Search Engines Detect and Penalize Plagiarism


It is a good thing that search engines detect plagiarism. I am not sure how they sort out various versions of articles or articles that quote other articles, but without some protection against plagiarism there would be very little incentive for originality in adding content to any website looking for optimization.

Websites that are found to plagiarize are penalized to one extent or another. Search engines try to discount plagiarized material – and this can result in drops in SERPs or even banning in some instances from search results.

To what extent the plagiarizing is very important. Websites where content is copied and pasted verbatim from one site to another are usually more apt to suffer the major problems in optimization. There is speculation that even partial plagiarism, where one paragraph or a few sentences are copied is seen by search engines as plagiarism. Considering that there may 400 variations of articles on some given topics, it’s a wonder that penalties for plagiarism aren’t even more prevalent. This means that you could inadvertently express an idea in the same succinct wording as someone else and receive a penalty.

From the standpoint of the search engine’s design, content is a major factor in a website’s success in optimization. Since millions of websites are adding content as fast as possible there is almost a certainty that plagiarism continues, in part created by a normal response to the search engine design.

Content writers need some guidelines to stay out of the penalty box. These are some guidelines – only rules of thumb, and certainly not a bottom line on all content contingencies:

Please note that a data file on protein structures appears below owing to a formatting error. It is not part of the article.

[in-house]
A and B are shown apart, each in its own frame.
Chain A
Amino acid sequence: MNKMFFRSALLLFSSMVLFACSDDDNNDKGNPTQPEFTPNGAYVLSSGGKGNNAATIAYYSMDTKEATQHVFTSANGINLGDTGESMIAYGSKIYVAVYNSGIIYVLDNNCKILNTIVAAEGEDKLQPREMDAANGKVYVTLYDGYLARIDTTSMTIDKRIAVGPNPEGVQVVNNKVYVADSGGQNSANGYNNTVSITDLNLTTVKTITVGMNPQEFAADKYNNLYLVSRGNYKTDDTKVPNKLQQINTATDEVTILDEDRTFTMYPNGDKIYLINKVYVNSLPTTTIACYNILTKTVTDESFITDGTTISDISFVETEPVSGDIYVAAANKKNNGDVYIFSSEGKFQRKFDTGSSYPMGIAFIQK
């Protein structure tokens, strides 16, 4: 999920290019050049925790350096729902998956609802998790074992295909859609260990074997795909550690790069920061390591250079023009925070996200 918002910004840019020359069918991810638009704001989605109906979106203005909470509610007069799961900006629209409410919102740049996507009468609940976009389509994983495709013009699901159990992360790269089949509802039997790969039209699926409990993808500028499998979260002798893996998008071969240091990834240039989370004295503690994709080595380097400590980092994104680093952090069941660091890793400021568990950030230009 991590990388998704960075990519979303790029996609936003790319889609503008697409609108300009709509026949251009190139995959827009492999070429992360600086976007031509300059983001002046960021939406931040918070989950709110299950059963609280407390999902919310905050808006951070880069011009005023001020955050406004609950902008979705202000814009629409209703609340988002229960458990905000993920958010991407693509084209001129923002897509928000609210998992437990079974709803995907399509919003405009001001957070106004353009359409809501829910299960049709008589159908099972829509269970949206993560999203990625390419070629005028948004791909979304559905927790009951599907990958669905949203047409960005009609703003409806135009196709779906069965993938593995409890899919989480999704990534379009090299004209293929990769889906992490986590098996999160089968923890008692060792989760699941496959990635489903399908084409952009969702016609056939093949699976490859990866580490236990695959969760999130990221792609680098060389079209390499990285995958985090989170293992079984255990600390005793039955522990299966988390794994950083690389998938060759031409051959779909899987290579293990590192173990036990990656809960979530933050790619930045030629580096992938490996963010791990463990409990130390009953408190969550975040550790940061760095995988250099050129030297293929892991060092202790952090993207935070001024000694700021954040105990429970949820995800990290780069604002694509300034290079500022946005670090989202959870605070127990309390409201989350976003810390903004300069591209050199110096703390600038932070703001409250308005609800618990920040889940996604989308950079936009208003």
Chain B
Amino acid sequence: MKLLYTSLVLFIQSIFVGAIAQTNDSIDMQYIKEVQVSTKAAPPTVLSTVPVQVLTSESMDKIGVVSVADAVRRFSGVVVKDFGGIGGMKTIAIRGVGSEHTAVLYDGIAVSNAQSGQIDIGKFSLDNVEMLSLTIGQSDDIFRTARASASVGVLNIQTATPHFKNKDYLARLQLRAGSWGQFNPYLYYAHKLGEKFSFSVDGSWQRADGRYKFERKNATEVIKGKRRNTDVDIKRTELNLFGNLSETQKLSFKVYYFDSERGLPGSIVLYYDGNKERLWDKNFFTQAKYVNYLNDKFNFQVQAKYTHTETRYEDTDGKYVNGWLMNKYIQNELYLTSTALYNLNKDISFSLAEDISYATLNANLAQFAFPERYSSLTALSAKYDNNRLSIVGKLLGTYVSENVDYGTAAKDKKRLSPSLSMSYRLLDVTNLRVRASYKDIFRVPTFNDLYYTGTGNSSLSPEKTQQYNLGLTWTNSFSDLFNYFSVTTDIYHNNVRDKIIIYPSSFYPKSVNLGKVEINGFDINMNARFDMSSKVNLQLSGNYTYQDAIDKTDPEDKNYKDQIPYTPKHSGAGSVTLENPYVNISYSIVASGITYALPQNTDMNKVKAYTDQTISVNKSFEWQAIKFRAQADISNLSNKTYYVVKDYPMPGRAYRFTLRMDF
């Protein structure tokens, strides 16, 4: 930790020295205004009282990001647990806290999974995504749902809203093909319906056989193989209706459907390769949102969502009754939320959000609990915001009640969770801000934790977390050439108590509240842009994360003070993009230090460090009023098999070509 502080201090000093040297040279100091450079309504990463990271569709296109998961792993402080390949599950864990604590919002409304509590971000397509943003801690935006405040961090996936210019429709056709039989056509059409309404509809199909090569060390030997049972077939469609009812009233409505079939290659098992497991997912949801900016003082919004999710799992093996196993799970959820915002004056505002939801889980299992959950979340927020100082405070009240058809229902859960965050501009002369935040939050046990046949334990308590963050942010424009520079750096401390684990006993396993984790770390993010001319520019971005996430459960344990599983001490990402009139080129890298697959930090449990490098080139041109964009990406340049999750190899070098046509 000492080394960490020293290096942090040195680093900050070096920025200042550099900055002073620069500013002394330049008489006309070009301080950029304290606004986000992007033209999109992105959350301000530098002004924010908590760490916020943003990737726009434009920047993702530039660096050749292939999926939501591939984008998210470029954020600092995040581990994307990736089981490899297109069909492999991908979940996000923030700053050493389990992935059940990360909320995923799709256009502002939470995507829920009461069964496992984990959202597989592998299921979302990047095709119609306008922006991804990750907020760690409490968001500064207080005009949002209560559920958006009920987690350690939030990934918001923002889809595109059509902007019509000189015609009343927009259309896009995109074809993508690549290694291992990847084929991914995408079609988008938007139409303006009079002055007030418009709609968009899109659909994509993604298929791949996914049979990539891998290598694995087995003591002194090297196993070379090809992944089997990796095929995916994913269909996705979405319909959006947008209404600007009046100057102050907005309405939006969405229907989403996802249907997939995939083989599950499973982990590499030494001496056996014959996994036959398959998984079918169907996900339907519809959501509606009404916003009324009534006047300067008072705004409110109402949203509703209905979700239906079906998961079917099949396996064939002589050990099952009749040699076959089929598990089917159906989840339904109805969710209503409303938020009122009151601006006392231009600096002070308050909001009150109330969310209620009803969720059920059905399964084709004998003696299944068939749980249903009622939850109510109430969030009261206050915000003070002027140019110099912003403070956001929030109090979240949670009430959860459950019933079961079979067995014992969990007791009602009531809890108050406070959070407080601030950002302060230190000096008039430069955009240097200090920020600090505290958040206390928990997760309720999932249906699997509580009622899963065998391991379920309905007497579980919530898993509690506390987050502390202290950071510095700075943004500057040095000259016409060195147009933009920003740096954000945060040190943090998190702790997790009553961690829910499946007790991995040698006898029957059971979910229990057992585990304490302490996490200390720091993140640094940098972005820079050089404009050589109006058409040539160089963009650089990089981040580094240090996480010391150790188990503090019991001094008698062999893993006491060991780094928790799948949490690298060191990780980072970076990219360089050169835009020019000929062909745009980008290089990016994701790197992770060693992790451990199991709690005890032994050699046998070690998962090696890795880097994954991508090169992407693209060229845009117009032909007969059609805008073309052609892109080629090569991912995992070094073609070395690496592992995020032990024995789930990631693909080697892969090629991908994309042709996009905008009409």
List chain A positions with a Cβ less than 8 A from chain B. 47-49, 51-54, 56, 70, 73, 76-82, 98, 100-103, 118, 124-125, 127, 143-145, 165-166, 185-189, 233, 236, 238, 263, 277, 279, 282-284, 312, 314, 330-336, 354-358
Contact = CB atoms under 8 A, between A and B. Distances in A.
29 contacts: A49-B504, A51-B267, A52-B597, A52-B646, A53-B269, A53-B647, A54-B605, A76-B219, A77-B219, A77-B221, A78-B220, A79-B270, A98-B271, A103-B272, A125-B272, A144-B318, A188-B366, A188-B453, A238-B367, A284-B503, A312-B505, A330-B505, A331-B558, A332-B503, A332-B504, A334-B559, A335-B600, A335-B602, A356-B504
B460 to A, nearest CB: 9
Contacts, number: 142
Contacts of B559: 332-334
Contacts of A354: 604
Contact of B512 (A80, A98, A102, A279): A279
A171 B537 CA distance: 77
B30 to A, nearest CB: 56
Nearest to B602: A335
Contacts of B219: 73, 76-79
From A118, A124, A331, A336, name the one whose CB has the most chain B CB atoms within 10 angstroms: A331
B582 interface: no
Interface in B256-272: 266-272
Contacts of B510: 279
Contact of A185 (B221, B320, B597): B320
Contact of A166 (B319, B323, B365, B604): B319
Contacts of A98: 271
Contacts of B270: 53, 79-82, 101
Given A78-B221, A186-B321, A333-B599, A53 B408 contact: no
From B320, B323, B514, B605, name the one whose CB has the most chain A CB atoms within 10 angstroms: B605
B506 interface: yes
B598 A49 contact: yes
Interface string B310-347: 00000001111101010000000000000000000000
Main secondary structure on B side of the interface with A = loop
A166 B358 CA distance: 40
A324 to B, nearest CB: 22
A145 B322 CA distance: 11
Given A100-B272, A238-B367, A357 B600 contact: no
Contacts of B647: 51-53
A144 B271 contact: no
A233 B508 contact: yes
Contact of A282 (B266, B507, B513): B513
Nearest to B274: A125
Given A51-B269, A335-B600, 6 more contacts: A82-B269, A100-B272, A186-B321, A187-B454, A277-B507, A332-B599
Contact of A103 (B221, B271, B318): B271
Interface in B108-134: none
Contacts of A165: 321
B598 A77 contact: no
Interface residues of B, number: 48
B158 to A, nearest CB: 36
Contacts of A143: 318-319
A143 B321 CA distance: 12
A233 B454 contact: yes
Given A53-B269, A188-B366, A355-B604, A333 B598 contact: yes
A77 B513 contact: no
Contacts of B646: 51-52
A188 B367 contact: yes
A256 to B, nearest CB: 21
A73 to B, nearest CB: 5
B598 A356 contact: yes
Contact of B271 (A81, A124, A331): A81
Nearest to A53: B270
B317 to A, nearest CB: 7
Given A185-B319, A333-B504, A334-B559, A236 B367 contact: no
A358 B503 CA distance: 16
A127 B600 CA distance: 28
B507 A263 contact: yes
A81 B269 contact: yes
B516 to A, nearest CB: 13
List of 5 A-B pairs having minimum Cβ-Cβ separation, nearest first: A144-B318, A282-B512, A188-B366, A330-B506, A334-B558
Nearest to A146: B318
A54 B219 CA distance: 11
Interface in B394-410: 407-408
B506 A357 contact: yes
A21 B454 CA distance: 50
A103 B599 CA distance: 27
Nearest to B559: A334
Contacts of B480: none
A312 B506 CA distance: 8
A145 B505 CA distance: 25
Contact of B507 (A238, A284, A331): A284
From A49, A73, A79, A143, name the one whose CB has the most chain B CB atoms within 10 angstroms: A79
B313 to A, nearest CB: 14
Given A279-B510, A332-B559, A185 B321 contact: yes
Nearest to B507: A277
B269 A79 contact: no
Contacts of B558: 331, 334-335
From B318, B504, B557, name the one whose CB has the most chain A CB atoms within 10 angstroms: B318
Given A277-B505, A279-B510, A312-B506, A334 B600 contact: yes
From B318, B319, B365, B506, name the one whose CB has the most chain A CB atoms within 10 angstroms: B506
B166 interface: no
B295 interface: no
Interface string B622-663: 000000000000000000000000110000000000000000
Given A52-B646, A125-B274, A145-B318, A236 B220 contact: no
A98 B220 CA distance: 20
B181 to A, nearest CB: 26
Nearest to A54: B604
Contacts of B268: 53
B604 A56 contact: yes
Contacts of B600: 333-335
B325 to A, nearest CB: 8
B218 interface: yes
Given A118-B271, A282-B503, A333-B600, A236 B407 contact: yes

Make sure all the people who write content for you use their own original articles as much as possible. Whether you are the sole writer or you hire a team of writers, this is the best practice. You should have your writers spot checked for originality, by yourself or one another.

When writing of completely unique material is not possible, then try these alternatives. This kind of situation may also be a part of submitting any particular content to multiple websites – and you do not want to be penalized.

Make absolutely sure that you create a real and different variation from the original for each of the websites that you will submit to. It is best to rewrite, reword, rephrase each sentence. You should at least use synonyms, vary verb tenses, reorder sentence structure if possible.

You can and should alter any sequencing in lists or time related events or outlining generally – as the meaning of your content may permit. You can even merge or subdivide paragraphs. Using a smaller synopsized version of the original can also help when secondary submissions or uses do not demand a full or exhaustive version. You can shift viewpoints, change to a questioning rather than exclamatory voice, use humorous or poetic characters in your language, etc.

Another way to check whether your content resembles or matches other content is to visit a spell checker website. One of these is named Article checker and is found at This

is one more way to avoid penalty. There are some other articles for this at:

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    Source by Arthur L Browning